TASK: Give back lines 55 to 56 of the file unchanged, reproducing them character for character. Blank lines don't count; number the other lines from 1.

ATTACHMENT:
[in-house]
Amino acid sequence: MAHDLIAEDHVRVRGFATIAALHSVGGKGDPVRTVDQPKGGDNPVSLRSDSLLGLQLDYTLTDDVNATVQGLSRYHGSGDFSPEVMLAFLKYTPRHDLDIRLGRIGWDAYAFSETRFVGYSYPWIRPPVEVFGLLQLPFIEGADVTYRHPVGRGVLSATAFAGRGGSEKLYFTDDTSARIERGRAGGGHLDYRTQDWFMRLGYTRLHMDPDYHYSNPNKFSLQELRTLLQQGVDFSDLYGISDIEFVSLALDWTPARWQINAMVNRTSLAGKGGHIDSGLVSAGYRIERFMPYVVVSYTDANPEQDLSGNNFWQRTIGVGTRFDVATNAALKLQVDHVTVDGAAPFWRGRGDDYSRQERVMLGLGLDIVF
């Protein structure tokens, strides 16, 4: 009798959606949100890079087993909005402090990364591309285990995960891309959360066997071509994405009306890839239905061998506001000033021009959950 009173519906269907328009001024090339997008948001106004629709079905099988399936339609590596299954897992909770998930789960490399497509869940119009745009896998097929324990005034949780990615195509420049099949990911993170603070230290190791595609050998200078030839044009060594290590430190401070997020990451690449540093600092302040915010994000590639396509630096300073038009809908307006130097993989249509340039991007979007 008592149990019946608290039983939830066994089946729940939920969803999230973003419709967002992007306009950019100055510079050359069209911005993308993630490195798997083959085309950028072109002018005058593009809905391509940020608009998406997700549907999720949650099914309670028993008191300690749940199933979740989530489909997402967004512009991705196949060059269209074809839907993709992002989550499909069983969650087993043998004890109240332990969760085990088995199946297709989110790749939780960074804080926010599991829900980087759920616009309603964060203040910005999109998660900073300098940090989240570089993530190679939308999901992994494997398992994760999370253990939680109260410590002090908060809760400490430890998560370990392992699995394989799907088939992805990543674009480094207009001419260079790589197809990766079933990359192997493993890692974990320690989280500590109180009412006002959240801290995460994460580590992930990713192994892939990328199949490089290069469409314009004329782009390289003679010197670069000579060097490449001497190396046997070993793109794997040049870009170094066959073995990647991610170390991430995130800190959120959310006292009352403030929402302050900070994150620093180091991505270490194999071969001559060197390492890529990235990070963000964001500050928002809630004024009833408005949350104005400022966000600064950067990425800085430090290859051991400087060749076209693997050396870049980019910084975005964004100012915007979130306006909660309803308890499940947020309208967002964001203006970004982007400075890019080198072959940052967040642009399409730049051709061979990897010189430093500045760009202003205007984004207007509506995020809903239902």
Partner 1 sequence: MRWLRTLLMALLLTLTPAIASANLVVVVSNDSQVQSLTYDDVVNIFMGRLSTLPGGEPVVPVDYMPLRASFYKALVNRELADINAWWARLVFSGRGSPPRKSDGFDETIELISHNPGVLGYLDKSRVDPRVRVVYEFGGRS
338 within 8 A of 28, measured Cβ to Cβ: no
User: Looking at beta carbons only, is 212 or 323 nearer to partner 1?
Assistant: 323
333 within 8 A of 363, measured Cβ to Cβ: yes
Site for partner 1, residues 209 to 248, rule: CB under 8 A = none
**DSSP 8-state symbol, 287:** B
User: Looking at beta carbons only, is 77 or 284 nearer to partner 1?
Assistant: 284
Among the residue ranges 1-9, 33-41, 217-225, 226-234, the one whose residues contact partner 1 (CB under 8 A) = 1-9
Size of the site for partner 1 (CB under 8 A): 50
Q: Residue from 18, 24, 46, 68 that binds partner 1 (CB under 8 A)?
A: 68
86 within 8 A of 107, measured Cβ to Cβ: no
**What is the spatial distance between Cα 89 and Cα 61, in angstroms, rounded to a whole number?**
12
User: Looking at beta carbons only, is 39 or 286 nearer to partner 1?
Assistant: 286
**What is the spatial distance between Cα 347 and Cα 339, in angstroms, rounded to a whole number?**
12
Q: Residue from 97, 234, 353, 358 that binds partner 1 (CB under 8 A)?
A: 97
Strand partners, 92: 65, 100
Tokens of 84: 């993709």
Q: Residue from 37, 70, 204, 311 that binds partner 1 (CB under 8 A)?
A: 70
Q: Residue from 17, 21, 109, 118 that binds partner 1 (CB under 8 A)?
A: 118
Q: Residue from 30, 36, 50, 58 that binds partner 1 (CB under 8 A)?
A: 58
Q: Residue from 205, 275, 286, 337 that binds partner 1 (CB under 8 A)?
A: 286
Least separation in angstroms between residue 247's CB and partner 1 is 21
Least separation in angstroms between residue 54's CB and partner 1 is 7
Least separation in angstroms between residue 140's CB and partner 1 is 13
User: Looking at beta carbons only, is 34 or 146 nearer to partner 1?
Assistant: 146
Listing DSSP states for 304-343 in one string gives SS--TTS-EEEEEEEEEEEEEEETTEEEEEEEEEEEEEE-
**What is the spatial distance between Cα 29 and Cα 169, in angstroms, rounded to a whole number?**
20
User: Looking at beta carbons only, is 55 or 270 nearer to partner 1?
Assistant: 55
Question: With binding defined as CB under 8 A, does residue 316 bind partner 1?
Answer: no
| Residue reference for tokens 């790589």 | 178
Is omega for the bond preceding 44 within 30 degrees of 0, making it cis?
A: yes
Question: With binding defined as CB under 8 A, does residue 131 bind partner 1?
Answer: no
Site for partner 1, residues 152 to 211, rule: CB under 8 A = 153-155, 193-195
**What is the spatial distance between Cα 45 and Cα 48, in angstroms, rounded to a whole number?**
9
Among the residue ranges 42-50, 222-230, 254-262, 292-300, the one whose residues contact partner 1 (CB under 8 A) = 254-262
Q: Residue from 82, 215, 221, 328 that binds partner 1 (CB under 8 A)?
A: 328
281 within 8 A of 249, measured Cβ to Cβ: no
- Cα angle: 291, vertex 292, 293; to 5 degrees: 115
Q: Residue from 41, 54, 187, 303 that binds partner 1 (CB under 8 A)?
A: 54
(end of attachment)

9
Among the residue ranges 42-50, 222-230, 254-262, 292-300, the one whose residues contact partner 1 (CB under 8 A) = 254-262